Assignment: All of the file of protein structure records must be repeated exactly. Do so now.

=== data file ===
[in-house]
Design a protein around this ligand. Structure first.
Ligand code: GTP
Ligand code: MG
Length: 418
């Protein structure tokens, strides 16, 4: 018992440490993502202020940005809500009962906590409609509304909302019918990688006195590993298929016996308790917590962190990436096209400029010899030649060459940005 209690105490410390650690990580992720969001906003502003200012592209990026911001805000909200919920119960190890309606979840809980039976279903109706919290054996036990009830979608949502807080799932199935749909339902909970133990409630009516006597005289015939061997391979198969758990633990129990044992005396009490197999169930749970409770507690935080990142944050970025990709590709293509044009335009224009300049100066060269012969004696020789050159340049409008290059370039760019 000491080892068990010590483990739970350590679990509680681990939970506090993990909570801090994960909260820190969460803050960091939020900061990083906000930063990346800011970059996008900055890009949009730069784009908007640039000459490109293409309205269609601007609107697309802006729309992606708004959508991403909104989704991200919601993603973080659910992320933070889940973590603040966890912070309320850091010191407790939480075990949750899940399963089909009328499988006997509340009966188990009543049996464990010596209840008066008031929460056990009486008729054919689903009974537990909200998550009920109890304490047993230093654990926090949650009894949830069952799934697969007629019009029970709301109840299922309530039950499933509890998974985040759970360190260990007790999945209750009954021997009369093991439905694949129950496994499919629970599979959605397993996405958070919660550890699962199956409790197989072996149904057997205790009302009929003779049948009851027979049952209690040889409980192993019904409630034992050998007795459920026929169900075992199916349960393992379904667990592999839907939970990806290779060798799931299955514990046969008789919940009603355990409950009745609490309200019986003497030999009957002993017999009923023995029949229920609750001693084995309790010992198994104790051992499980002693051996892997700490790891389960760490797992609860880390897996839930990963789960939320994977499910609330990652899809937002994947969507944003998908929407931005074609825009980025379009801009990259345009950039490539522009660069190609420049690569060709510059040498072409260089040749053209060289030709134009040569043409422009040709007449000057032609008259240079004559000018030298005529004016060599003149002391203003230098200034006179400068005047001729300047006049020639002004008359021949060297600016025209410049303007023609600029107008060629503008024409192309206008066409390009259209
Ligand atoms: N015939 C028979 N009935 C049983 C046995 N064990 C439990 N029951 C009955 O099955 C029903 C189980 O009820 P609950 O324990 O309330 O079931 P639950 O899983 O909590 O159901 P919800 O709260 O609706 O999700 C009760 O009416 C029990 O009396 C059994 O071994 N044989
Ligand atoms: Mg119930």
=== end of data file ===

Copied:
[in-house]
Design a protein around this ligand. Structure first.
Ligand code: GTP
Ligand code: MG
Length: 418
């Protein structure tokens, strides 16, 4: 018992440490993502202020940005809500009962906590409609509304909302019918990688006195590993298929016996308790917590962190990436096209400029010899030649060459940005 209690105490410390650690990580992720969001906003502003200012592209990026911001805000909200919920119960190890309606979840809980039976279903109706919290054996036990009830979608949502807080799932199935749909339902909970133990409630009516006597005289015939061997391979198969758990633990129990044992005396009490197999169930749970409770507690935080990142944050970025990709590709293509044009335009224009300049100066060269012969004696020789050159340049409008290059370039760019 000491080892068990010590483990739970350590679990509680681990939970506090993990909570801090994960909260820190969460803050960091939020900061990083906000930063990346800011970059996008900055890009949009730069784009908007640039000459490109293409309205269609601007609107697309802006729309992606708004959508991403909104989704991200919601993603973080659910992320933070889940973590603040966890912070309320850091010191407790939480075990949750899940399963089909009328499988006997509340009966188990009543049996464990010596209840008066008031929460056990009486008729054919689903009974537990909200998550009920109890304490047993230093654990926090949650009894949830069952799934697969007629019009029970709301109840299922309530039950499933509890998974985040759970360190260990007790999945209750009954021997009369093991439905694949129950496994499919629970599979959605397993996405958070919660550890699962199956409790197989072996149904057997205790009302009929003779049948009851027979049952209690040889409980192993019904409630034992050998007795459920026929169900075992199916349960393992379904667990592999839907939970990806290779060798799931299955514990046969008789919940009603355990409950009745609490309200019986003497030999009957002993017999009923023995029949229920609750001693084995309790010992198994104790051992499980002693051996892997700490790891389960760490797992609860880390897996839930990963789960939320994977499910609330990652899809937002994947969507944003998908929407931005074609825009980025379009801009990259345009950039490539522009660069190609420049690569060709510059040498072409260089040749053209060289030709134009040569043409422009040709007449000057032609008259240079004559000018030298005529004016060599003149002391203003230098200034006179400068005047001729300047006049020639002004008359021949060297600016025209410049303007023609600029107008060629503008024409192309206008066409390009259209
Ligand atoms: N015939 C028979 N009935 C049983 C046995 N064990 C439990 N029951 C009955 O099955 C029903 C189980 O009820 P609950 O324990 O309330 O079931 P639950 O899983 O909590 O159901 P919800 O709260 O609706 O999700 C009760 O009416 C029990 O009396 C059994 O071994 N044989
Ligand atoms: Mg119930």